Why sky looks blue not red???
The sky is blue in light of the fact that the occurrence light connects with the gas particles noticeable all around in, for example, design that a greater amount of the light in the blue piece of the range is scattered, achieving our eyes on the surface of the planet. Every one of the frequencies of the occurrence light can be scattered along these lines, however the high-recurrence (short wavelength) blue is scattered more than the lower frequencies in a procedure known as Rayleigh dispersing, depicted in the 1870′s. John William Strutt, Lord Rayleigh, who additionally won the Nobel Prize in material science in 1904 for the revelation of argon, showed that, when the wavelength of the light is on an indistinguishable request from the extent of the gas atoms, the force of scattered light differs conversely with the fourth energy of its wavelength. Shorter wavelengths like blue (and violet) are scattered more than longer ones. All the atoms noticeable all around specially shine blue, which is the thing that we at that point see wherever around us.
However, the sky ought to seem violet since violet light is scattered significantly more than blue light. Be that as it may, the sky does not seem violet to us in view of the last, organic piece of the confound, which is the way our eyes are outlined: they are more touchy to blue than violet light.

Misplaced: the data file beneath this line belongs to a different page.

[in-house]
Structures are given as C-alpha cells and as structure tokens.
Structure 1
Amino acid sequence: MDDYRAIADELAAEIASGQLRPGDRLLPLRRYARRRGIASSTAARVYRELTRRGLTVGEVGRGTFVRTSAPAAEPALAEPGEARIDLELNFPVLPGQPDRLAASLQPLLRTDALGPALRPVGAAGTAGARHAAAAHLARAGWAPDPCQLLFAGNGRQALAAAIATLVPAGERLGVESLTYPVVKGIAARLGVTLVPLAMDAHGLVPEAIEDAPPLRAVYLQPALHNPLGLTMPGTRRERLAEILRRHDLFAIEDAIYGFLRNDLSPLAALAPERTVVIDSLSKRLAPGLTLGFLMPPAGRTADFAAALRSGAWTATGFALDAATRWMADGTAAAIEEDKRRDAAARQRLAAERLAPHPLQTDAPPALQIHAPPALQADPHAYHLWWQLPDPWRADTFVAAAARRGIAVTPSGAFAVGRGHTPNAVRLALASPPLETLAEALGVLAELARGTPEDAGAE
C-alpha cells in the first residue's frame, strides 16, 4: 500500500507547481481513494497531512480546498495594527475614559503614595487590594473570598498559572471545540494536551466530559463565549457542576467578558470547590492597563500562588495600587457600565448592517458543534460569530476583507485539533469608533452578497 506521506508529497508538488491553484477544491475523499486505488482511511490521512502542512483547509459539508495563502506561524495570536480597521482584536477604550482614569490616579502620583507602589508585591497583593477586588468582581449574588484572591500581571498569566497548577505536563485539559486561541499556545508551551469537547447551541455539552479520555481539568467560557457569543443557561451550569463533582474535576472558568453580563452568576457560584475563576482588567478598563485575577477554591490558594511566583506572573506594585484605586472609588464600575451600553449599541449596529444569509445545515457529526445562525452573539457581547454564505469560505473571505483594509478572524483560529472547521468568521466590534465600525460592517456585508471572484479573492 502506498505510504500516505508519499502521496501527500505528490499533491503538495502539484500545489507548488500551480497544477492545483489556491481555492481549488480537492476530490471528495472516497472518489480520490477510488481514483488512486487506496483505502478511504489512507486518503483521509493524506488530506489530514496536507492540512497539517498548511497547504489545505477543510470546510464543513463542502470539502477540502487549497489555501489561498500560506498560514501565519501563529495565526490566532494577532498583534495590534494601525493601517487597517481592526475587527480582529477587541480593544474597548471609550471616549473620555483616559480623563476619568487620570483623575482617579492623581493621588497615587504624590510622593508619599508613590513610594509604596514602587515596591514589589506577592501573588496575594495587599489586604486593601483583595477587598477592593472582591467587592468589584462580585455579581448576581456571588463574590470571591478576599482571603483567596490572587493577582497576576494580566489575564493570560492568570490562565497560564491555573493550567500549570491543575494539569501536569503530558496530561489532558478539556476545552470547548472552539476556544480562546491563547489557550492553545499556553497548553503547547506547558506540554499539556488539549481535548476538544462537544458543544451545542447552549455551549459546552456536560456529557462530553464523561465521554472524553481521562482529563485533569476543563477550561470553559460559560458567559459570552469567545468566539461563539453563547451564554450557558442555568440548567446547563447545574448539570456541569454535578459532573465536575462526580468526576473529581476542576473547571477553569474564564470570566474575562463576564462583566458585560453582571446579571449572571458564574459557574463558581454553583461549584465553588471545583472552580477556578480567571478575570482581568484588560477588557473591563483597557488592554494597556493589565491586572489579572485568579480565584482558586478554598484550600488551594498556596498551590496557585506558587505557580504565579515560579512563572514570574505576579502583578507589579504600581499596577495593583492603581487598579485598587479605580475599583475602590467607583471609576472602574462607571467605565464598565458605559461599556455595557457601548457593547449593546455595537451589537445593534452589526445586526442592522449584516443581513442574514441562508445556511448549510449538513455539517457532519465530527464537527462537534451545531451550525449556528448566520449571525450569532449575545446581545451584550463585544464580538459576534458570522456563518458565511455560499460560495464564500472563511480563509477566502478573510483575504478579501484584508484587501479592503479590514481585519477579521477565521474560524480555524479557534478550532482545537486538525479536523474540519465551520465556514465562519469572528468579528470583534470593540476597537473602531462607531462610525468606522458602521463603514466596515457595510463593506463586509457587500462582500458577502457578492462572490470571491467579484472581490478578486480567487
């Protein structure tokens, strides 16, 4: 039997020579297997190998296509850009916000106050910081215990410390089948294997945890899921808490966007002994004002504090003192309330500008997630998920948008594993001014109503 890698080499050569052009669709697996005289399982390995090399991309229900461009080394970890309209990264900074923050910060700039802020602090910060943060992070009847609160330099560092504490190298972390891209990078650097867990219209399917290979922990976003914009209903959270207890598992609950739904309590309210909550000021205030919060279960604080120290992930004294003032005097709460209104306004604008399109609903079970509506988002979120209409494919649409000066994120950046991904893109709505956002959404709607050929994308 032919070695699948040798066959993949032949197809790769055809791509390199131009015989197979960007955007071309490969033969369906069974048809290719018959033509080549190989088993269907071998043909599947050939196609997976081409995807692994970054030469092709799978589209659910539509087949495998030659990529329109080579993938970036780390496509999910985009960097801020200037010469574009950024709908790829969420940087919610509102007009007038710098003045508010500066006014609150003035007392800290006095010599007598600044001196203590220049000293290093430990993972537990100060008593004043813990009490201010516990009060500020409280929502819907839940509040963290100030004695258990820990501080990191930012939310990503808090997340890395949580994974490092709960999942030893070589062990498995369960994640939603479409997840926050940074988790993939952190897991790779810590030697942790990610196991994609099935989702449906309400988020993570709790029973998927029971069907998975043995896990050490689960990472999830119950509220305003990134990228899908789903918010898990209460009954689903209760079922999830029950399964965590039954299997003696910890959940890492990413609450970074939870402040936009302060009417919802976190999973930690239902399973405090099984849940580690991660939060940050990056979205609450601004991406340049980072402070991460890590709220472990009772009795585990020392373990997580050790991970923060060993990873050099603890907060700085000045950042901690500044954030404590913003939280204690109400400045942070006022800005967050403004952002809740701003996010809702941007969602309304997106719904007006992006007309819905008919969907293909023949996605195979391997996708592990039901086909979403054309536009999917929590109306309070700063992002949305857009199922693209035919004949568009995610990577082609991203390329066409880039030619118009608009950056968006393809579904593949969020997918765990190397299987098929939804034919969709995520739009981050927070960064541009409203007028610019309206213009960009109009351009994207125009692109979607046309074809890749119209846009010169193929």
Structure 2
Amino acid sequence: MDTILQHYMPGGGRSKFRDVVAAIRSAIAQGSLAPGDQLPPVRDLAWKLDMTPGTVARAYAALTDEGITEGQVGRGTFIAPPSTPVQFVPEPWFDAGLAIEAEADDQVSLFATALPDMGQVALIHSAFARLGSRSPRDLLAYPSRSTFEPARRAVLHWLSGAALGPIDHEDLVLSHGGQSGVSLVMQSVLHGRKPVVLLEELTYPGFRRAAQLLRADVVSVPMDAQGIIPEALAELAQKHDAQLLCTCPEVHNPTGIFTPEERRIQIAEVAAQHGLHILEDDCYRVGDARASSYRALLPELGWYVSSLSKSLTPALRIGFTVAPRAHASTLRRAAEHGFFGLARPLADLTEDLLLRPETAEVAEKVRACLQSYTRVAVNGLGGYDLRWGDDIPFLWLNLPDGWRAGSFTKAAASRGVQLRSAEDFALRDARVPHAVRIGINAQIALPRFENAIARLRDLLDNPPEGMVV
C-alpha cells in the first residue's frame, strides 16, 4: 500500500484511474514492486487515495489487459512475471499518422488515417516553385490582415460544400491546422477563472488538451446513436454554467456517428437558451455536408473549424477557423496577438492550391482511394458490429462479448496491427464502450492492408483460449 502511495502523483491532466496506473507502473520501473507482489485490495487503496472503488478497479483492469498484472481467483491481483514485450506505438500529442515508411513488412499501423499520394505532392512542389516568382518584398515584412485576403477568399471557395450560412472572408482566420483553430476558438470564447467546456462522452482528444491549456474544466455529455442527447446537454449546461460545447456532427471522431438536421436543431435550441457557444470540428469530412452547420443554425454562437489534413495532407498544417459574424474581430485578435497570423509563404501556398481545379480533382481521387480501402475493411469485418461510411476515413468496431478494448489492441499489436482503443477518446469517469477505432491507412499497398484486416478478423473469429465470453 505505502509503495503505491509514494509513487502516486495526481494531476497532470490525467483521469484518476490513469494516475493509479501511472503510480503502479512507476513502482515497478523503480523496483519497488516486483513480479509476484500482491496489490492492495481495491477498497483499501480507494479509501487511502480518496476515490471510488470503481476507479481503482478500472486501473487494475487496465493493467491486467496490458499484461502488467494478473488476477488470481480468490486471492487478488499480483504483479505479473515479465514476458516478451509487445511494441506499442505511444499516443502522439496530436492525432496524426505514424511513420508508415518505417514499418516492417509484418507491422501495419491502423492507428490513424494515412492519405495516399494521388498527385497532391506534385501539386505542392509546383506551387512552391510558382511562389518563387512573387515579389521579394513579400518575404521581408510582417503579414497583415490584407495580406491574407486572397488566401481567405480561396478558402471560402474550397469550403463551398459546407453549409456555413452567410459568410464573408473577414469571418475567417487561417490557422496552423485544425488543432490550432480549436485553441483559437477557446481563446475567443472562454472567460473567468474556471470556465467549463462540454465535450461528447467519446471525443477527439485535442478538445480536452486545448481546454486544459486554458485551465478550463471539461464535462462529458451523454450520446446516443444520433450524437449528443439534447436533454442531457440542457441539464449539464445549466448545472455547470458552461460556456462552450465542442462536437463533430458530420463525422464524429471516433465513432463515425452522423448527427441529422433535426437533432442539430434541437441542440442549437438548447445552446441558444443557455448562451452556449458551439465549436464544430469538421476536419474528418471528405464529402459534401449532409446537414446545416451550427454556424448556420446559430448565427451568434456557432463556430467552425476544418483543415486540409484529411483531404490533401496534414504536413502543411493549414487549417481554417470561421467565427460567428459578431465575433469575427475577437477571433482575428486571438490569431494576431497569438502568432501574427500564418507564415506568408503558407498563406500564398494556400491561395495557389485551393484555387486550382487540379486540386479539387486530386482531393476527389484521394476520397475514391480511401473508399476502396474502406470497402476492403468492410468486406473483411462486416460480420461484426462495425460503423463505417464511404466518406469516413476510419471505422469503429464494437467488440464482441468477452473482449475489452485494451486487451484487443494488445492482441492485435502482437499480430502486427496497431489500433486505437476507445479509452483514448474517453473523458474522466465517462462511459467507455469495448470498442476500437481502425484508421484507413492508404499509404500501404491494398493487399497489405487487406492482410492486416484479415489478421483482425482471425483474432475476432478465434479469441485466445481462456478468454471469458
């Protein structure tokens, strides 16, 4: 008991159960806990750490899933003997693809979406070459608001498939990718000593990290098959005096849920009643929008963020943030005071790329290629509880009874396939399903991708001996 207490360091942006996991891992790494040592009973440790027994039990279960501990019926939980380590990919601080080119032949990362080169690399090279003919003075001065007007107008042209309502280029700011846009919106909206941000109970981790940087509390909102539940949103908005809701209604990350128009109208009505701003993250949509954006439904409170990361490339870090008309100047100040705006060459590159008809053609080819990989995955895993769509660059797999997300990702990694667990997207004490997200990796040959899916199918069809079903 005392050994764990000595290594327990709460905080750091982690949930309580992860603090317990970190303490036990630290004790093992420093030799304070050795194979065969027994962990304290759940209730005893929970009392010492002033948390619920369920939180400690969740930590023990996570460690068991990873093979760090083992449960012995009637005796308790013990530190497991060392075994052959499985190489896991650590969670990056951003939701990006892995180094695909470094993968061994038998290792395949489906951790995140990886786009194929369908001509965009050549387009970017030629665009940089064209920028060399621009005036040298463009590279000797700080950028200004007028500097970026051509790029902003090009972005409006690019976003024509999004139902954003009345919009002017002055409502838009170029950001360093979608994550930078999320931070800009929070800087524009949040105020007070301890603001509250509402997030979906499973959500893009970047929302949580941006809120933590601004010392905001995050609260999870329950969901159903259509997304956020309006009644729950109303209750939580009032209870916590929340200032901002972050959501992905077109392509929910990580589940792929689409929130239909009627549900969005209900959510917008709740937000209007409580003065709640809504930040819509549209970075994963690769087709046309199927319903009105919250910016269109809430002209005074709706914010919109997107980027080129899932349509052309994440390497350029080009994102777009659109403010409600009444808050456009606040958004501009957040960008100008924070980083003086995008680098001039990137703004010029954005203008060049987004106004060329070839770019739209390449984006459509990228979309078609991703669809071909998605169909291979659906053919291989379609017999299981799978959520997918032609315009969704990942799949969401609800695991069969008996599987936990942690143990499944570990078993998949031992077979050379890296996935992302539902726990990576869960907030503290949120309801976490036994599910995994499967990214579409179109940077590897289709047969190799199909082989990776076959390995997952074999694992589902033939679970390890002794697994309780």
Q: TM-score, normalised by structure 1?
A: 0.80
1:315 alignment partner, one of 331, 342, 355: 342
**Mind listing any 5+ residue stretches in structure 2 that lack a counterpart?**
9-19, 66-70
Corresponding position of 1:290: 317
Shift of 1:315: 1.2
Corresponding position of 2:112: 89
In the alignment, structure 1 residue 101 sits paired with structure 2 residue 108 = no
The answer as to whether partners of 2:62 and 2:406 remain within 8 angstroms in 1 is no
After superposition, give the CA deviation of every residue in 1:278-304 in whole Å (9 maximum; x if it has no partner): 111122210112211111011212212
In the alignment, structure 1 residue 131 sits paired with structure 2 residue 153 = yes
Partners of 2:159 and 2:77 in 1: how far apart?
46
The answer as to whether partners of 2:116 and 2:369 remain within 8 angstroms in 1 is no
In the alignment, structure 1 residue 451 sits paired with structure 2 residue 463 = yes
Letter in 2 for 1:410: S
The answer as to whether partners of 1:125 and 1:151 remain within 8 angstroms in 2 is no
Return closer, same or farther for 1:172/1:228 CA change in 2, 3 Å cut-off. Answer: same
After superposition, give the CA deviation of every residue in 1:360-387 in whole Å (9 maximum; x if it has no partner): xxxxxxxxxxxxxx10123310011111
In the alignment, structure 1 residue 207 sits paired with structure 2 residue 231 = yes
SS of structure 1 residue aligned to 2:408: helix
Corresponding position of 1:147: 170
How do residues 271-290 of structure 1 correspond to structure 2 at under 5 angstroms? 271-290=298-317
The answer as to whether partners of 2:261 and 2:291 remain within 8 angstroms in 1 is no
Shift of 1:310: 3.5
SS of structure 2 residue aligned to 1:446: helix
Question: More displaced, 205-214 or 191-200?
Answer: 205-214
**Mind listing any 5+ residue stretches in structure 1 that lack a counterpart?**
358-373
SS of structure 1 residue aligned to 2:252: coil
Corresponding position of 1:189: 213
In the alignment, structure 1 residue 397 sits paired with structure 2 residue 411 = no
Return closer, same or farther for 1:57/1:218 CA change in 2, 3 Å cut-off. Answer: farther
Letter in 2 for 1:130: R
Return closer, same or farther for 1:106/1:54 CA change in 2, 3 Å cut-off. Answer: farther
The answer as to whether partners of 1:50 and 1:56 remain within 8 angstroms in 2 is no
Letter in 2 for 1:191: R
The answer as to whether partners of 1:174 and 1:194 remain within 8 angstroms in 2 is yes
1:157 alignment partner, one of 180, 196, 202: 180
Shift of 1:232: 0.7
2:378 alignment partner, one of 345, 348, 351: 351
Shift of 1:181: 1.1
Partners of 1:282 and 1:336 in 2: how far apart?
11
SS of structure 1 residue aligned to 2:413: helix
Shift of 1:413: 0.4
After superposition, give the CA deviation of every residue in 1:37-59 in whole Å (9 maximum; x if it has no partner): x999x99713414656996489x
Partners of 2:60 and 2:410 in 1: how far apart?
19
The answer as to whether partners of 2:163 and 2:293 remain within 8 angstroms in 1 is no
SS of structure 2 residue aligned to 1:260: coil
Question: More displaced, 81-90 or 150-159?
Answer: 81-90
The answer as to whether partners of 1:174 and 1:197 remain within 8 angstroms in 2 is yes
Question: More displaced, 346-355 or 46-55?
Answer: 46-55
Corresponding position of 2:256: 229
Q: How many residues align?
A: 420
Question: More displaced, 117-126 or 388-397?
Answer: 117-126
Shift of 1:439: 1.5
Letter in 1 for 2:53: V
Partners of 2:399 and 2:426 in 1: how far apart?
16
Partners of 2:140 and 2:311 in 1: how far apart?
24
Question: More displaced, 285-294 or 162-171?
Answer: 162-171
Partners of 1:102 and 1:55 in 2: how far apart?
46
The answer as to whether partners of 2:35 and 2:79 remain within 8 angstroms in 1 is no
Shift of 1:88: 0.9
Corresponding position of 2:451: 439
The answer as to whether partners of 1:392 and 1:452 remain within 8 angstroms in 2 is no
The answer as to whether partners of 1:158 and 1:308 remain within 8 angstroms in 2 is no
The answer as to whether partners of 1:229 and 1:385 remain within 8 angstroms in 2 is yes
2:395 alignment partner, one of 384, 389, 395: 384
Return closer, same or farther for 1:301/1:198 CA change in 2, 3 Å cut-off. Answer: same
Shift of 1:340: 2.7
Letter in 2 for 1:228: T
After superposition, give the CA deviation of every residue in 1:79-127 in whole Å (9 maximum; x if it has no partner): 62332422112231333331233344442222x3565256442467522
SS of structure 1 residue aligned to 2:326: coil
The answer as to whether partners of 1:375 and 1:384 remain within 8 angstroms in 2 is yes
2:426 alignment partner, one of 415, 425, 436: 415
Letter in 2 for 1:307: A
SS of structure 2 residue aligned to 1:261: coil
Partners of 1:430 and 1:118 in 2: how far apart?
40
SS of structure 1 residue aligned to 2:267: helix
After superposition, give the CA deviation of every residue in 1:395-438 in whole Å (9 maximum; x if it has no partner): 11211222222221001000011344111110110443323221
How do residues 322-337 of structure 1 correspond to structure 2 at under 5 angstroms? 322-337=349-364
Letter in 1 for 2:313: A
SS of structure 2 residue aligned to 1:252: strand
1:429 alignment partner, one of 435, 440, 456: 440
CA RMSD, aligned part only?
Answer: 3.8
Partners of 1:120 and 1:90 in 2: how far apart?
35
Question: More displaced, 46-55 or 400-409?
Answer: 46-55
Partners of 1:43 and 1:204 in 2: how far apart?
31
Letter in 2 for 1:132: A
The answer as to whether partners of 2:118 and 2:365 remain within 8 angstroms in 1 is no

The clarification for why the sky is blue includes such a large amount of the regular sciences: the hues inside the visual range, the wave idea of light, the edge at which daylight hits the air, the arithmetic of dissipating, the span of nitrogen and oxygen particles, and even the way human eyes see shading. It's the majority of science in an inquiry that a youthful youngster can inquire.
There are really two reasons why the sky is blue. It is blue in the daytime since Rayleigh disseminating in air (fundamentally Nitrogen) disperses more blue light than red and green. So light scattered towards your eyes from the air above you looks blue, while daylight looks somewhat yellow. Early or late in the day, as the sun gets bring down
in the sky, it must go through more air, so late evening and early morning light is dimmer, and yellower, than at late morning.
In any case, if just single-occasion Rayleigh dispersing were included, the sky would turn a dull yellow or darker shading at sundown, dawn and nightfall, since so minimal blue light would achieve overhead that exclusive red and green generally remain. This does not occur, for two reasons:
Right off the bat some light is scattered more than once, so blue light that has at first been occupied from its way can be scattered once more, giving it "another opportunity" to achieve your eyes.
Also, Earth has an ozone layer at around 22km elevation. The ozone layer doesn't diffuse much, yet it unequivocally assimilates light in the red and green wavelengths, abandoning blue light. Since the light of a low sun needs to movement far through the ozone layer, this retention has a substantially more grounded affect on the shade of the sky at these circumstances, bringing about a diminish dusk blue which has a marginally unique shade to the daylit sky.